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Safe Numerics

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Using safe_range and safe_literal

When trying to avoid arithmetic errors of the above type, programmers will select data types which are wide enough to hold values large enough to be certain that results won't overflow, but are not so large as to make the program needlessly inefficient. In the example below, we presume we know that the values we want to work with fall in the range [-24,82]. So we "know" the program will always result in a correct result. But since we trust no one, and since the program could change and the expressions be replaced with other ones, we'll still use the loose_trap_policy exception policy to verify at compile time that what we "know" to be true is in fact true.

//  Copyright (c) 2018 Robert Ramey
//
// Distributed under the Boost Software License, Version 1.0. (See
// accompanying file LICENSE_1_0.txt or copy at
// http://www.boost.org/LICENSE_1_0.txt)

#include <iostream>

#include <boost/safe_numerics/safe_integer_range.hpp>
#include <boost/safe_numerics/safe_integer_literal.hpp>
#include <boost/safe_numerics/exception.hpp>
#include <boost/safe_numerics/native.hpp>
#include "safe_format.hpp" // prints out range and value of any type

using namespace boost::safe_numerics;

// create a type for holding small integers in a specific range
using safe_t = safe_signed_range<
    -24,
    82,
    native,           // C++ type promotion rules work OK for this example
    loose_trap_policy // catch problems at compile time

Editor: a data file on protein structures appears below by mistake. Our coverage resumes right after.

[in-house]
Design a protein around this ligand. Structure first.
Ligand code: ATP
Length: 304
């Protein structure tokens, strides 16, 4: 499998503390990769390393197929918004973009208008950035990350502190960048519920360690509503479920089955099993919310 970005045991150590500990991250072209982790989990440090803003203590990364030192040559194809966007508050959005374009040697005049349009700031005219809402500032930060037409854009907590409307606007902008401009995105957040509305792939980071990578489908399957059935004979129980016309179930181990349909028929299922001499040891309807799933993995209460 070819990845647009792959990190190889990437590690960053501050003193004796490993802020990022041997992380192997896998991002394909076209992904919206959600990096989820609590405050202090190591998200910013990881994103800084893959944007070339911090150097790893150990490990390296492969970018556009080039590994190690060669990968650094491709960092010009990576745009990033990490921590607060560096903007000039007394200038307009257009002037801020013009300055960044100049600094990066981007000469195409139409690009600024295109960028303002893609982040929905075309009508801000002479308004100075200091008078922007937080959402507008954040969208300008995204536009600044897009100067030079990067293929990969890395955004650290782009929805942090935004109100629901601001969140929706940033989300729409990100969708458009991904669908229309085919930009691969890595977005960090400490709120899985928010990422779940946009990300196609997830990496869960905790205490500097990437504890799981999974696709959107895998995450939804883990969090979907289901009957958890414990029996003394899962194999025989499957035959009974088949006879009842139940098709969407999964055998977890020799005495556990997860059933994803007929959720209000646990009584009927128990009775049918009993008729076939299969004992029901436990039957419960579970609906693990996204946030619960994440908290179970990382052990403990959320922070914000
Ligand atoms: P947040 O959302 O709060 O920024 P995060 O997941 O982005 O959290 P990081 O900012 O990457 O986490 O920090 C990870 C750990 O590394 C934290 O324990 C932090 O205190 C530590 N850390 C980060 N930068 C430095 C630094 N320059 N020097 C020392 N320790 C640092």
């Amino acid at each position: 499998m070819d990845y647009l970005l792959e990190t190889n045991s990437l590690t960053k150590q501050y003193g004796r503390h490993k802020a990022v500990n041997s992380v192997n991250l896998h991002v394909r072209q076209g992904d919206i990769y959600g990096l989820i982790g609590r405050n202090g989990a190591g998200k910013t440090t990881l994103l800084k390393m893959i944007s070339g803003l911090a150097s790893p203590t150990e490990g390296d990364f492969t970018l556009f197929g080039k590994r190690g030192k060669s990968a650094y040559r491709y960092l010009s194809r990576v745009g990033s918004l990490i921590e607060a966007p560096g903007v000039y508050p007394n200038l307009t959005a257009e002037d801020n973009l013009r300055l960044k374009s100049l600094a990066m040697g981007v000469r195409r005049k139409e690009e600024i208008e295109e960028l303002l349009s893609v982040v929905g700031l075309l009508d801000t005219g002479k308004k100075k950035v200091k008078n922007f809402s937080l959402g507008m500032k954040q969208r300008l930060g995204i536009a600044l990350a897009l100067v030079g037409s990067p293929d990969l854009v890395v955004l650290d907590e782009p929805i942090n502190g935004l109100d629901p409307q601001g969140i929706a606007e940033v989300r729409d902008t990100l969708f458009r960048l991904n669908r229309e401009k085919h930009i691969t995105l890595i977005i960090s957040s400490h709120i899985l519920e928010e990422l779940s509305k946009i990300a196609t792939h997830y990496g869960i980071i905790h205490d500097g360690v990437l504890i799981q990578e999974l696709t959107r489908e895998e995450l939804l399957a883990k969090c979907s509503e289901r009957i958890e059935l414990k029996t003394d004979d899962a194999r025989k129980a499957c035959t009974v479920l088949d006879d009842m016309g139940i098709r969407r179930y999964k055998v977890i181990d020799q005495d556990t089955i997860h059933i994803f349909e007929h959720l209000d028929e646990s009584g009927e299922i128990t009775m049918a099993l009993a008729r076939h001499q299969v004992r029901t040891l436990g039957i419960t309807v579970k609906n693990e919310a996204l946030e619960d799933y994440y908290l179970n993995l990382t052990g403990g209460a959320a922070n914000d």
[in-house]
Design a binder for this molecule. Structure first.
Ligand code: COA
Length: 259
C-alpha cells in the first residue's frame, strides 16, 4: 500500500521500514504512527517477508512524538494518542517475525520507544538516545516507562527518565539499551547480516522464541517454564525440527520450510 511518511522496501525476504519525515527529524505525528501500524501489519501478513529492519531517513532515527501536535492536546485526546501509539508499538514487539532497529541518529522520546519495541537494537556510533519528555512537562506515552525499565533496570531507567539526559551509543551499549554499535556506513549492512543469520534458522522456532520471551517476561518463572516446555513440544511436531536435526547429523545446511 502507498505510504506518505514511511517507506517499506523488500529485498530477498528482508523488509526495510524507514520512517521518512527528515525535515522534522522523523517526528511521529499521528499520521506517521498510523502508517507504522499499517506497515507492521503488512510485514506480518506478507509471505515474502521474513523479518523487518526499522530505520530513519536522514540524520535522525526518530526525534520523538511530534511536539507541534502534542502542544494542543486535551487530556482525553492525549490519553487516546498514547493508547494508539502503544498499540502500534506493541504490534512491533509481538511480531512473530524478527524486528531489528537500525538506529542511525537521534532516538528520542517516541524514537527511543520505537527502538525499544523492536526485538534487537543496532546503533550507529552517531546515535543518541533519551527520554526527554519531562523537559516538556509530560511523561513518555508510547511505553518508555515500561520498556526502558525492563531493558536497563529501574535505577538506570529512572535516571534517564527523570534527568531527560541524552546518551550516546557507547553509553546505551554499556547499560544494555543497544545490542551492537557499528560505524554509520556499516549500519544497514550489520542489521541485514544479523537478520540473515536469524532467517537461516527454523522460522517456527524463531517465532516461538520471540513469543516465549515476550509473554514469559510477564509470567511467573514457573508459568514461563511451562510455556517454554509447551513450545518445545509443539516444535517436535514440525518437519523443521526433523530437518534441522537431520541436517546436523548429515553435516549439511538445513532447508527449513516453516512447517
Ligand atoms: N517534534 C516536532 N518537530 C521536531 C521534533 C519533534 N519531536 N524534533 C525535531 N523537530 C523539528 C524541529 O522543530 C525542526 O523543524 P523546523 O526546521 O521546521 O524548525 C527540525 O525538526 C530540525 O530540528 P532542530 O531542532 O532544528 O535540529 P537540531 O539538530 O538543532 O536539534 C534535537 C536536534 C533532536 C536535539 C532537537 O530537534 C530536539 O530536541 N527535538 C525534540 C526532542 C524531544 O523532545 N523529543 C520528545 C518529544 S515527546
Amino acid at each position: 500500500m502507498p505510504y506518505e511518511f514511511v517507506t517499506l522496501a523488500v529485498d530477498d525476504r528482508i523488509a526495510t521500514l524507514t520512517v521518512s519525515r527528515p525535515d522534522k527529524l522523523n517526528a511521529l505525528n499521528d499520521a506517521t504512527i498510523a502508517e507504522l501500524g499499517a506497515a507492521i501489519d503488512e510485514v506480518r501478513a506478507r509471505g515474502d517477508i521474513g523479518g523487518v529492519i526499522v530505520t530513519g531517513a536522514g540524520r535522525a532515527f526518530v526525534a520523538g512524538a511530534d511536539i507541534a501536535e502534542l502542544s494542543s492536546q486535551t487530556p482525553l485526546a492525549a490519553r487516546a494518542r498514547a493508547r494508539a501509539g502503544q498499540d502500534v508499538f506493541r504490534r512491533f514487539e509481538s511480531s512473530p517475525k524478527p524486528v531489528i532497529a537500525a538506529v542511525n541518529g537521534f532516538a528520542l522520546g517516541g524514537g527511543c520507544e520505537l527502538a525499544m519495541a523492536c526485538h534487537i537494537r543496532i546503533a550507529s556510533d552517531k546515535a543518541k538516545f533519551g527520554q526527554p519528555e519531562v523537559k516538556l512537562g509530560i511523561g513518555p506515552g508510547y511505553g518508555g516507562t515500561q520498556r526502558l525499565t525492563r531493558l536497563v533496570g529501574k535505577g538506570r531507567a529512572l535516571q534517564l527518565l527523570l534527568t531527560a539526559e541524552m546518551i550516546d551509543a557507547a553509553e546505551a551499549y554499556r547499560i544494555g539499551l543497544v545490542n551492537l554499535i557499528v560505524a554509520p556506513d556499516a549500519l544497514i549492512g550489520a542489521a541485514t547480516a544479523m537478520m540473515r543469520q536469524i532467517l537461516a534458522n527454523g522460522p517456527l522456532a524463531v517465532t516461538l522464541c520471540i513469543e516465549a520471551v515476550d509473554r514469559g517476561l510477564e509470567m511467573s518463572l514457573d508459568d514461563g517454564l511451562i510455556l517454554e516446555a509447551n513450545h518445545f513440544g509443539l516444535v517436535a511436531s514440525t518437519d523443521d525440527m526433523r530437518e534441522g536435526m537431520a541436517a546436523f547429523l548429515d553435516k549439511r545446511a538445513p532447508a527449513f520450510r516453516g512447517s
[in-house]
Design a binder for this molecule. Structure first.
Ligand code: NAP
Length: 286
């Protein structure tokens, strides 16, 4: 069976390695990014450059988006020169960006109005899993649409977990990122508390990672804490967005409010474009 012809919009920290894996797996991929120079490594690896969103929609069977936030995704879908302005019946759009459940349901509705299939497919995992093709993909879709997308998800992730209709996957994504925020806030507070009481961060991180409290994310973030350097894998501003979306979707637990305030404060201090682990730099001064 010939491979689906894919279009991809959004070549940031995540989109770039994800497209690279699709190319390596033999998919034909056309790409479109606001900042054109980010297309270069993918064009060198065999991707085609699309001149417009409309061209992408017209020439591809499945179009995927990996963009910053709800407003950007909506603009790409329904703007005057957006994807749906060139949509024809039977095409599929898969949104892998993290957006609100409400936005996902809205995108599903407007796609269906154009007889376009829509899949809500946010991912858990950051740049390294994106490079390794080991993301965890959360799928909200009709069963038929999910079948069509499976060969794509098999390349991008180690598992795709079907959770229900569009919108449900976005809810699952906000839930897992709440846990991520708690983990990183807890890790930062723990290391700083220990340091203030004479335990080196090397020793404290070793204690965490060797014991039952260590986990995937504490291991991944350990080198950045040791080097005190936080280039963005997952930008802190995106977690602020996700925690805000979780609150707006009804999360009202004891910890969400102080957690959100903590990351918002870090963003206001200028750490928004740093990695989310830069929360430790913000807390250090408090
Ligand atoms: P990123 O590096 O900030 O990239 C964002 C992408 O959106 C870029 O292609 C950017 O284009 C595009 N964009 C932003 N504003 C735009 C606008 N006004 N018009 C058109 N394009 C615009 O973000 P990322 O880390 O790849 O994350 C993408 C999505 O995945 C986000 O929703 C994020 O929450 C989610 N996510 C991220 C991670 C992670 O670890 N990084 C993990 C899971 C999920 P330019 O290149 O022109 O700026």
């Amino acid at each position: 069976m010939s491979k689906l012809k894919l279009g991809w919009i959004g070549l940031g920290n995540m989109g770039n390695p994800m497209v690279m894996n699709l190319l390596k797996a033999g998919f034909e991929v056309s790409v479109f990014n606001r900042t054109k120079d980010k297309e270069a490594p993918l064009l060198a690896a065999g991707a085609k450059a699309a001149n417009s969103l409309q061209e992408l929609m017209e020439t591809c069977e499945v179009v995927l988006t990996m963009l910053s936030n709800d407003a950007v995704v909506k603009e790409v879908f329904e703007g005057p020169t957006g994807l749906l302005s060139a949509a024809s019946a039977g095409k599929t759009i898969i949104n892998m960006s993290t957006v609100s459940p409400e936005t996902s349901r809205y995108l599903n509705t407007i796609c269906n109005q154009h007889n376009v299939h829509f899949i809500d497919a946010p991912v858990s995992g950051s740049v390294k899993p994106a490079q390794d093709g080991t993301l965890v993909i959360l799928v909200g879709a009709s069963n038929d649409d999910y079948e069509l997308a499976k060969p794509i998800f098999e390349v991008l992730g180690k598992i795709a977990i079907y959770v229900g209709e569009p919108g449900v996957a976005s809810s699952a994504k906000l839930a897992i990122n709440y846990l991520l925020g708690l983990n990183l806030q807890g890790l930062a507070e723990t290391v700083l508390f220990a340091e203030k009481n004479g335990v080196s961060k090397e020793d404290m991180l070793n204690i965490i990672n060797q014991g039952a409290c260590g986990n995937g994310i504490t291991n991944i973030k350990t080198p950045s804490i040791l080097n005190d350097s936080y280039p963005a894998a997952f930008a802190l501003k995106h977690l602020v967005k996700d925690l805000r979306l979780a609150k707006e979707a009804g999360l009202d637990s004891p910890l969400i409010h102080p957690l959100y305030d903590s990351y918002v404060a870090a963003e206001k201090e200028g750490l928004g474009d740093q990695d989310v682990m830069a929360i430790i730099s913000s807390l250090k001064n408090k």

>;

// create a type to hold one specific value
template<int I>
using const_safe_t = safe_signed_literal<I, native, loose_trap_policy>;

// We "know" that C++ type promotion rules will work such that
// addition will never overflow. If we change the program to break this,
// the usage of the loose_trap_policy promotion policy will prevent compilation.
int main(int, const char *[]){
    std::cout << "example 83:\n";

    constexpr const const_safe_t<10> x;
    std::cout << "x = " << safe_format(x) << std::endl;
    constexpr const const_safe_t<67> y;
    std::cout << "y = " << safe_format(y) << std::endl;
    auto zx = x + y;
    const safe_t z = zx;
    //auto z = x + y;
    std::cout << "x + y = " << safe_format(x + y) << std::endl;
    std::cout << "z = " << safe_format(z) << std::endl;
    return 0;
}

The output uses a custom output manipulator, safe_format, for safe types to display the underlying type and its range as well as current value. This program produces the following run time output.

example 83:
x = <signed char>[10,10] = 10
y = <signed char>[67,67] = 67
x + y = <int>[77,77] = 77
z = <signed char>[-24,82] = 77

Take note of the various variable types:

All this information regarding the range and values of variables has been determined at compile time. There is no runtime overhead. The usage of safe types does not alter the calculations or results in anyway. So safe_t and const_safe_t could be redefined to int and const int respectively and the program would operate identically - although it might We could compile the program for another machine - as is common when building embedded systems and know (assuming the target machine architecture was the same as our native one) that no erroneous results would ever be produced.


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